Here at Prefix, we realize the internet offers hip-hop listeners both a hefty bounty and a frustrating set of choices. No one person could listen to the all the free hip hop downloaded in any given week. How to decide which free mixtapes to pass over, which free mixtapes to commit immediately to your hard drive? In addition to the daily gauntlet of news and reviews, we’re going to start putting our heads together each month to come up with some mixtapes that we believe no hip hop lover should live without. Here are five free albums released over the past month, presented in ascending order, that we highly, highly recommend.
5. Mic Audio and Sacramento Knoxx – Mi Vida Es Como Una Pelicula
With the aid of Sacramento Knoxx’s Madlibesque, crate-digging beats and a whole host of movie samples-- both obscure and infamous-- Mic Audio re-invigorates the nerd-rap genre on his debut Mi Vida Es Como Una Pelicula. Whether rapping over glistening jazz tracks or vistas of grimy urban squalor, Mic raps with the kind of energy that requires attention. Look out for this guy in the future.
Standout tracks: “Chuck Norris”; “Abstraction”; “The Office”
4. Lil B – God’s Father
Although Lil B has kept up his typically frenetic pace in 2012, dropping free mixtapes as frequently as Mitt Romney commits forehead-slapping gaffes, he’s hinted that God’s Father would be the one worth more than one or two listens at the most. And boy was he right. God’s Father is the first Lil B mixtape in a while to match the bizarre, immersive tapes he was dropping back in 2009 and 2010. With a whopping 34 tracks, God’s Father features Lil B at his beaming weirdo, free-associative best.
Standout tracks: “Dumb Ass Thoughts”; “Feds at My Doh”; “I Ain’t Neva Won”
3. Gunplay – Bogata Rich
We should definitely overlook Bogota Rich’s absurd claim to be a prequel to another mixtape, which is like releasing a trailer for a trailer (apparently movie studios are doing that), because the album deserves to be met on its own terms. Having gained recognition as an associate of Rick Ross, Gunplay actually doesn’t have much in common with his boss: He’s a rapper who would rather be in a knife fight down by the wharf than hitting the high sees on a million-dollar yacht. Bogota Rich bristles with paranoia and violence --- it’s classic punch-the-dashboard, kick-the-cubicle-wall pump-up music --- while showcasing Gunplay’s surprisingly impressive lyrical chops.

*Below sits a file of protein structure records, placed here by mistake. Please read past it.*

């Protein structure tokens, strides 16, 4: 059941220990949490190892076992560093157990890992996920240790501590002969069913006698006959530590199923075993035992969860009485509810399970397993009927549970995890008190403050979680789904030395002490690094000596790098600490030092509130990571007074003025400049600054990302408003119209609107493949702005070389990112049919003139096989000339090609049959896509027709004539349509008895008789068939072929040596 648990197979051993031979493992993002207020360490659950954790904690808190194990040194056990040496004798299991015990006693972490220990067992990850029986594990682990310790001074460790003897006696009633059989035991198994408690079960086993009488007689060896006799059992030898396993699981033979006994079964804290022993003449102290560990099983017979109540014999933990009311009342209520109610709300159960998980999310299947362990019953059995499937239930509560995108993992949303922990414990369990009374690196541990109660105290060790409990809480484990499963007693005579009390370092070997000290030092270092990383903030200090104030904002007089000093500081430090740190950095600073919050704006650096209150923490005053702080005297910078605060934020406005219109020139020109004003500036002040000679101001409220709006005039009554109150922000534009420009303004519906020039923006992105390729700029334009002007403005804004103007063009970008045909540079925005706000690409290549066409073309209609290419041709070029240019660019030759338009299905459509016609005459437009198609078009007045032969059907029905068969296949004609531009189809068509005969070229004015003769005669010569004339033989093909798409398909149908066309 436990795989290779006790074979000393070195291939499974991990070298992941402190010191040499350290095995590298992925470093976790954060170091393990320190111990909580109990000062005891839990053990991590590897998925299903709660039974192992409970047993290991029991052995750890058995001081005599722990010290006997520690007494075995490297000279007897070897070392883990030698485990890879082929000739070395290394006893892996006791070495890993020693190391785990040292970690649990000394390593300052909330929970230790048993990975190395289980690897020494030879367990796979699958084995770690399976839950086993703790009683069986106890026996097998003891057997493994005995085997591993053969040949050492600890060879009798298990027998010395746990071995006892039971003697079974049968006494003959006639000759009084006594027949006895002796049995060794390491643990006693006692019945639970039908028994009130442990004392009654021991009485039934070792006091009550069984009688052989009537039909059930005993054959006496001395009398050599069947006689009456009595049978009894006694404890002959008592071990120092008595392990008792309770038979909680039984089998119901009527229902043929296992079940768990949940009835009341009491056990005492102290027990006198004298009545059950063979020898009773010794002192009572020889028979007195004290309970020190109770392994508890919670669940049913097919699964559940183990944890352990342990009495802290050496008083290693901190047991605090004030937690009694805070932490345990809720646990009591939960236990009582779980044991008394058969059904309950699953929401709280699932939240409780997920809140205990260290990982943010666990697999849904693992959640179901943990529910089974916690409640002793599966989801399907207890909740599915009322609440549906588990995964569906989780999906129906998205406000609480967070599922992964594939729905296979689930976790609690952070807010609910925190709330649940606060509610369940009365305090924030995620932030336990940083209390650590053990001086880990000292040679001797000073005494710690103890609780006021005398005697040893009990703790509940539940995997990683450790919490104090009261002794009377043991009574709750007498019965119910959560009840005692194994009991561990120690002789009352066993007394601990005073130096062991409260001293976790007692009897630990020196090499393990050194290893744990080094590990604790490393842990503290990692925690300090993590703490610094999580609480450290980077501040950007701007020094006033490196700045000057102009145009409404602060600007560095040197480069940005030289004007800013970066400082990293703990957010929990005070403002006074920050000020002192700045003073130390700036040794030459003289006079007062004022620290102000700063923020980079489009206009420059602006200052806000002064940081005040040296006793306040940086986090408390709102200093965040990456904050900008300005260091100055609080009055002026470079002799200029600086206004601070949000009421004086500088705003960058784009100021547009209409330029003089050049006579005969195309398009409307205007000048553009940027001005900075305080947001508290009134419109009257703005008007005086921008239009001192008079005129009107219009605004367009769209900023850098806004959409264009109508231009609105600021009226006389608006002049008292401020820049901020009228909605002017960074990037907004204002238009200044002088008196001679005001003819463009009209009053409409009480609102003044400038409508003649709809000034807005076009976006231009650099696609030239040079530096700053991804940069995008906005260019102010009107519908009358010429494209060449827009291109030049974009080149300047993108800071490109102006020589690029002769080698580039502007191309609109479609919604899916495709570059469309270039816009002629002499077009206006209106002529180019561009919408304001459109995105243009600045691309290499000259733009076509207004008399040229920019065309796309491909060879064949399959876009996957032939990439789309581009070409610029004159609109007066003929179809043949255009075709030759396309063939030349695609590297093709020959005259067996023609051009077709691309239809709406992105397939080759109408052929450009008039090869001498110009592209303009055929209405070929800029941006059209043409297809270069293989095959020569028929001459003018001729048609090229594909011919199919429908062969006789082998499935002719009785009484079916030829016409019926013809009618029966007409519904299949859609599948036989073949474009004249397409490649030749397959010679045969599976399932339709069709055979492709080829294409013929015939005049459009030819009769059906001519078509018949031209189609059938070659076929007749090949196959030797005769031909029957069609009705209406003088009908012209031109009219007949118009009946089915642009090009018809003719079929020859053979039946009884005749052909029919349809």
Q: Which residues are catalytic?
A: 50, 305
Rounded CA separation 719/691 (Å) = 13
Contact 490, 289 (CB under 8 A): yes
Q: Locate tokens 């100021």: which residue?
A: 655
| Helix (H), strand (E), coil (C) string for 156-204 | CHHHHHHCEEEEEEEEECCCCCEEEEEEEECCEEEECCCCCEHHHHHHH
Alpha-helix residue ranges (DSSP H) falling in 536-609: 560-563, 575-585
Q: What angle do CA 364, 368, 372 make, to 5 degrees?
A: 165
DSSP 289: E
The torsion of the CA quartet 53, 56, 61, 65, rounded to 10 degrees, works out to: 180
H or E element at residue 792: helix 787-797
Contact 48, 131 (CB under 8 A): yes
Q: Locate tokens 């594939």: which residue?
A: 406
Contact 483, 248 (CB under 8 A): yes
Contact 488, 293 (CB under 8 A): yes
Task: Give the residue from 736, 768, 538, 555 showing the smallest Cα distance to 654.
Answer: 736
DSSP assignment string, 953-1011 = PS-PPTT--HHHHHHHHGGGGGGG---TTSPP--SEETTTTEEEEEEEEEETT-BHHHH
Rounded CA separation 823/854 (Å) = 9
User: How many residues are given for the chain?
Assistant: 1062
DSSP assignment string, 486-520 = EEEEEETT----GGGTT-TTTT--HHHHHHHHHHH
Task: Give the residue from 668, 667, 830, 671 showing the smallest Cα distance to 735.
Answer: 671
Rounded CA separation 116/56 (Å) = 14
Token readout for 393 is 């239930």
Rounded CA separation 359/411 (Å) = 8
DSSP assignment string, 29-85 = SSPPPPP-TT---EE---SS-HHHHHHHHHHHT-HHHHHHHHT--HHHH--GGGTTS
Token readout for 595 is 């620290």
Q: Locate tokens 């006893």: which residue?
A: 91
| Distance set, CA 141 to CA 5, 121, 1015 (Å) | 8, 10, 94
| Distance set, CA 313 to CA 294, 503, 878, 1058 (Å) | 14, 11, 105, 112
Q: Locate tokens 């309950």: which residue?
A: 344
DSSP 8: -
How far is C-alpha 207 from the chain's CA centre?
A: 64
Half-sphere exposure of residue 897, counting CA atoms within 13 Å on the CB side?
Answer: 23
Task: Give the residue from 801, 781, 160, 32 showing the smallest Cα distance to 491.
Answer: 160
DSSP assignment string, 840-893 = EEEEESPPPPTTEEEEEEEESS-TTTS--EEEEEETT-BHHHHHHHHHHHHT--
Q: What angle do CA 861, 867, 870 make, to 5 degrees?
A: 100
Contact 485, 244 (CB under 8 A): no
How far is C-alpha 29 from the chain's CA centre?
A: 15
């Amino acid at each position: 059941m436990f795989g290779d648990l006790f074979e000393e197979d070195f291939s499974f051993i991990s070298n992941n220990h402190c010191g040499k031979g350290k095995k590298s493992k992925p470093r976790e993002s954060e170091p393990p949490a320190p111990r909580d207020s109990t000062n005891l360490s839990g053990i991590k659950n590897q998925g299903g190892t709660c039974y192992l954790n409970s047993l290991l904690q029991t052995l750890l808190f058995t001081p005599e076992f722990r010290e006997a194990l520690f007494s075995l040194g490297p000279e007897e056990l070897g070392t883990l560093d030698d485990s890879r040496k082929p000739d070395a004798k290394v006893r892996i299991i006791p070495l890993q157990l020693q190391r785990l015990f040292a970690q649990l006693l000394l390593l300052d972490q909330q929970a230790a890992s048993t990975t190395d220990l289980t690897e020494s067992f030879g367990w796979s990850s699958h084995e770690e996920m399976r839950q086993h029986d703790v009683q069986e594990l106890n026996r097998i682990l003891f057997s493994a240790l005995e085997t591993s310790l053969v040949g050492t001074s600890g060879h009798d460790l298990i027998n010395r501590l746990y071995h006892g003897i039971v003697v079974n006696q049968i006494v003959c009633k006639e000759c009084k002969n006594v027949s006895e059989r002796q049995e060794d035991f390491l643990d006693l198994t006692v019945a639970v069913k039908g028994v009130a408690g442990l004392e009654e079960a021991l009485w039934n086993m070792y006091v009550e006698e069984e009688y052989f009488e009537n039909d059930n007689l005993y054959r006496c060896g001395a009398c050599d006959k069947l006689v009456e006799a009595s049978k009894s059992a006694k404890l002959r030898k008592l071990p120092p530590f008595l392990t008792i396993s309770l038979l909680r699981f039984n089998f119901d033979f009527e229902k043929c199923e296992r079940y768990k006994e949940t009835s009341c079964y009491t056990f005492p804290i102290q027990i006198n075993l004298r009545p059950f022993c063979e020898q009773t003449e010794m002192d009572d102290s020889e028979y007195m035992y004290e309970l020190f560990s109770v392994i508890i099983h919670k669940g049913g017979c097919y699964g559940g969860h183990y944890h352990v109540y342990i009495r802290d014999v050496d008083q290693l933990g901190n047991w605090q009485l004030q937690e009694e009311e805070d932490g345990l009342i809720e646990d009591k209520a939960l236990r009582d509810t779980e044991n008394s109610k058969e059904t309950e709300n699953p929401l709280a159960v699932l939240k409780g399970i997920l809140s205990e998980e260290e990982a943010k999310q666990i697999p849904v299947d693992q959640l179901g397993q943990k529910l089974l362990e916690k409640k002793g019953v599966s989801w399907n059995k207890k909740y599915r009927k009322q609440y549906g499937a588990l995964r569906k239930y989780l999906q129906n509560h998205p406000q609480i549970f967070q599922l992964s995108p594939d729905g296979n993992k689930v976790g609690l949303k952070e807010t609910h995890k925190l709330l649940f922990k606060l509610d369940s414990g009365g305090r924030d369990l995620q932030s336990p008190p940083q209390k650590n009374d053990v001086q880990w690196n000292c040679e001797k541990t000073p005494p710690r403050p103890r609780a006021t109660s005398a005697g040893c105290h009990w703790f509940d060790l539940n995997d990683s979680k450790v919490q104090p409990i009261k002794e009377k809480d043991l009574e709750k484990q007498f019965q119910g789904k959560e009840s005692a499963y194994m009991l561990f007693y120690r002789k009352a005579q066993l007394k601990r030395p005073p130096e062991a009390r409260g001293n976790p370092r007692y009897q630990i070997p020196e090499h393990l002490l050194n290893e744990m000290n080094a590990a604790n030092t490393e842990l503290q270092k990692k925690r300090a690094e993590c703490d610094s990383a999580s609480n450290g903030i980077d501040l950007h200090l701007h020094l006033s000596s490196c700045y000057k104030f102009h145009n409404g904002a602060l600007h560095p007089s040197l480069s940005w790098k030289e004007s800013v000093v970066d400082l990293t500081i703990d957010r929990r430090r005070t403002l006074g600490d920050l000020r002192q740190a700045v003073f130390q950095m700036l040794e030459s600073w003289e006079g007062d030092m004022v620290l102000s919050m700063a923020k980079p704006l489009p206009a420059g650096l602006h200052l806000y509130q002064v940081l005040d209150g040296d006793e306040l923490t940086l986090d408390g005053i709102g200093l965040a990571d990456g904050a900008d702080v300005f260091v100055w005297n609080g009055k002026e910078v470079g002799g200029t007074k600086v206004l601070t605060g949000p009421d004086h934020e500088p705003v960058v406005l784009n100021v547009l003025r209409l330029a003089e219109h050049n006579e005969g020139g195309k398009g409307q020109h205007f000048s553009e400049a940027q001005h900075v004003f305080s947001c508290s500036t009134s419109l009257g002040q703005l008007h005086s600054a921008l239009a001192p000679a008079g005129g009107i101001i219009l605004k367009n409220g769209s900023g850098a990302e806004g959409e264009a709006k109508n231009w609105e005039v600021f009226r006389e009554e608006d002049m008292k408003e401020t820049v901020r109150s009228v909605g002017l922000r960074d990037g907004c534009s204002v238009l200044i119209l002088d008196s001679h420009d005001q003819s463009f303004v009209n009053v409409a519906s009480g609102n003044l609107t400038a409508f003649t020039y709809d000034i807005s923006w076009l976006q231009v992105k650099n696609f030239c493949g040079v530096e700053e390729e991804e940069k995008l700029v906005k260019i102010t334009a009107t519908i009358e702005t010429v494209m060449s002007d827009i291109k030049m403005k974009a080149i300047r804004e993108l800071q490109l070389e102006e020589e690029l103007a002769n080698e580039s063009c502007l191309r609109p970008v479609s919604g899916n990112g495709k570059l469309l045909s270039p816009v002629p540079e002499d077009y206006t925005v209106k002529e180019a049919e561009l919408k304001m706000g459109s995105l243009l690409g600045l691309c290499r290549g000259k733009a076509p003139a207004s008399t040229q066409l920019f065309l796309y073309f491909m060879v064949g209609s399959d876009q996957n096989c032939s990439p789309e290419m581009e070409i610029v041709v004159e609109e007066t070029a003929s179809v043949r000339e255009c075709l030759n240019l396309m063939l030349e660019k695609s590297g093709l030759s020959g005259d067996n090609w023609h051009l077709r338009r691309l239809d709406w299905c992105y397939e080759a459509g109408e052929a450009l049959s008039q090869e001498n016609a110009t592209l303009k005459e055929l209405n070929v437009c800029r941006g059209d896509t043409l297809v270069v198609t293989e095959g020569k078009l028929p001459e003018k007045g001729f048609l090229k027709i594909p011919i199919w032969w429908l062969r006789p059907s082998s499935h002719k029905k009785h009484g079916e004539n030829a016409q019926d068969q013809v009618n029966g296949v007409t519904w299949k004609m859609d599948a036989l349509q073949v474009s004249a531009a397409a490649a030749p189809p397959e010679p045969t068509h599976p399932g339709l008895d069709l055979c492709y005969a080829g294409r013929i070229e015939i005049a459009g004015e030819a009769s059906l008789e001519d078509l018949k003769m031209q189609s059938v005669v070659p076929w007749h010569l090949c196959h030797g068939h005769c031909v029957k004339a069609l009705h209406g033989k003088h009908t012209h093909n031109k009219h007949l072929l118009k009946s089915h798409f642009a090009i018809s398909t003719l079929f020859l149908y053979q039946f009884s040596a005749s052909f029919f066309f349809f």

Standout tracks: “Foodchain”; “Low Life”; “Fuck Shit in My Life”
2. Big Krit – 4eva N A Day
Big K.R.I.T.’s umpteenth mixtape (seriously, Def Jam, get to work on releasing that debut!) is maybe his boldest and most compelling, even if it deviates from predecessors’ templates. 4eva N A Day boasts lots of live instrumentation and soul vocals, some sung by K.R.I.T. himself, and the rapper/producer’s sonic textures are as rich and varied as any he’s ever created. The album doesn’t have a certified banger like “Country Shit” or “Time Machine;” its best moments are contemplative and heartfelt, as Big K.R.I.T. continues to make the unlikely progression from trunk-music revivalist to introspective street poet.
Standout tracks: “Boobie Miles”; “4eva N A Day (Theme)”; “Package Store”
1. Action Bronson – Blue Chips
At this point the argument is getting old to yours truly: So what if Action Bronson, who has an Albanian-Jewish background and a gourmet-chef resume, sounds a little (ok, a lot) like Ghostface Killah? He hardly raps about the same sort of things. If Ghostface is chicken-and-waffles, Action is oysters-and-caviar. When it comes to women, Ghostface likes “an ass like Deborah Cox”; Action is after “big nipples and a tan face.” To wit, Blue Chips has the kind of smoky, soul-inflected beats that Ghost hasn’t touched in a long time. If you’re so bugged about the Ghostface connection, go console yourself with Ghostdeini: Wizard of Poetry in Emerald City but know that you’d be much happier with this imminently witty slice of classic-sounding New York hip hop.
Standout tracks: “Steve Wynn”; “Ron Simmons”; “9-24-11”
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